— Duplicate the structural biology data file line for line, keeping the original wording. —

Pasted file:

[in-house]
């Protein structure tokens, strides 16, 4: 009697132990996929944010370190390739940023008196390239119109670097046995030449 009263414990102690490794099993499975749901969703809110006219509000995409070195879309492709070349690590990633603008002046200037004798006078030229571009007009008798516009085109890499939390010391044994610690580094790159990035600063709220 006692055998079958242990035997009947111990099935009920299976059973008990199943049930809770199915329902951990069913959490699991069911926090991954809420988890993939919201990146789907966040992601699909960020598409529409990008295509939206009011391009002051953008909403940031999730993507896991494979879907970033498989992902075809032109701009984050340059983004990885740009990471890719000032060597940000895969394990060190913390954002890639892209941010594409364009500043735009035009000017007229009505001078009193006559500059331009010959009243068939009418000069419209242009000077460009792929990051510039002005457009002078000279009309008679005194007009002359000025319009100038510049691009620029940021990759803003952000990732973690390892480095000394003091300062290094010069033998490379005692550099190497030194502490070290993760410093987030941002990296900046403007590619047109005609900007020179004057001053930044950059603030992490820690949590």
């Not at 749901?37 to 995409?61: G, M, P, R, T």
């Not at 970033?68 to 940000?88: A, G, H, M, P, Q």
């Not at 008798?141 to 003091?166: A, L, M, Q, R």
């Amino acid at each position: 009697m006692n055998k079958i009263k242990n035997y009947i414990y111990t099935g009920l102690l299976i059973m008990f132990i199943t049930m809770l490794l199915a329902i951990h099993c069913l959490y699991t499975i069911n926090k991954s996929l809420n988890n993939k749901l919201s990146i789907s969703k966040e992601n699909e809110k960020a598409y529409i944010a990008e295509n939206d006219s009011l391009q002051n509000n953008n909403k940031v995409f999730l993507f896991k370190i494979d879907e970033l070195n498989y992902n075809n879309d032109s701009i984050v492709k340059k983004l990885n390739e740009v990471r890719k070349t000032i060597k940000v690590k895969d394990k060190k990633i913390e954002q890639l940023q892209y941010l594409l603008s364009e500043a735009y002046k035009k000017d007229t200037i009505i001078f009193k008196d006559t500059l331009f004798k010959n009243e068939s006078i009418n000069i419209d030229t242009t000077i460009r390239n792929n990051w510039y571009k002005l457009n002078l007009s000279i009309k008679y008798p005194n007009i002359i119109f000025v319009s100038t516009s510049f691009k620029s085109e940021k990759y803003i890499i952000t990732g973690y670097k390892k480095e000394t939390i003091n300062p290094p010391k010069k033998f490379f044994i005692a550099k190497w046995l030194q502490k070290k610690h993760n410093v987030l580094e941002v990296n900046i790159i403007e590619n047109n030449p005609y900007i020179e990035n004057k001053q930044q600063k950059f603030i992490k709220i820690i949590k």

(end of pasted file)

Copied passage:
[in-house]
């Protein structure tokens, strides 16, 4: 009697132990996929944010370190390739940023008196390239119109670097046995030449 009263414990102690490794099993499975749901969703809110006219509000995409070195879309492709070349690590990633603008002046200037004798006078030229571009007009008798516009085109890499939390010391044994610690580094790159990035600063709220 006692055998079958242990035997009947111990099935009920299976059973008990199943049930809770199915329902951990069913959490699991069911926090991954809420988890993939919201990146789907966040992601699909960020598409529409990008295509939206009011391009002051953008909403940031999730993507896991494979879907970033498989992902075809032109701009984050340059983004990885740009990471890719000032060597940000895969394990060190913390954002890639892209941010594409364009500043735009035009000017007229009505001078009193006559500059331009010959009243068939009418000069419209242009000077460009792929990051510039002005457009002078000279009309008679005194007009002359000025319009100038510049691009620029940021990759803003952000990732973690390892480095000394003091300062290094010069033998490379005692550099190497030194502490070290993760410093987030941002990296900046403007590619047109005609900007020179004057001053930044950059603030992490820690949590």
């Not at 749901?37 to 995409?61: G, M, P, R, T």
């Not at 970033?68 to 940000?88: A, G, H, M, P, Q």
């Not at 008798?141 to 003091?166: A, L, M, Q, R």
């Amino acid at each position: 009697m006692n055998k079958i009263k242990n035997y009947i414990y111990t099935g009920l102690l299976i059973m008990f132990i199943t049930m809770l490794l199915a329902i951990h099993c069913l959490y699991t499975i069911n926090k991954s996929l809420n988890n993939k749901l919201s990146i789907s969703k966040e992601n699909e809110k960020a598409y529409i944010a990008e295509n939206d006219s009011l391009q002051n509000n953008n909403k940031v995409f999730l993507f896991k370190i494979d879907e970033l070195n498989y992902n075809n879309d032109s701009i984050v492709k340059k983004l990885n390739e740009v990471r890719k070349t000032i060597k940000v690590k895969d394990k060190k990633i913390e954002q890639l940023q892209y941010l594409l603008s364009e500043a735009y002046k035009k000017d007229t200037i009505i001078f009193k008196d006559t500059l331009f004798k010959n009243e068939s006078i009418n000069i419209d030229t242009t000077i460009r390239n792929n990051w510039y571009k002005l457009n002078l007009s000279i009309k008679y008798p005194n007009i002359i119109f000025v319009s100038t516009s510049f691009k620029s085109e940021k990759y803003i890499i952000t990732g973690y670097k390892k480095e000394t939390i003091n300062p290094p010391k010069k033998f490379f044994i005692a550099k190497w046995l030194q502490k070290k610690h993760n410093v987030l580094e941002v990296n900046i790159i403007e590619n047109n030449p005609y900007i020179e990035n004057k001053q930044q600063k950059f603030i992490k709220i820690i949590k």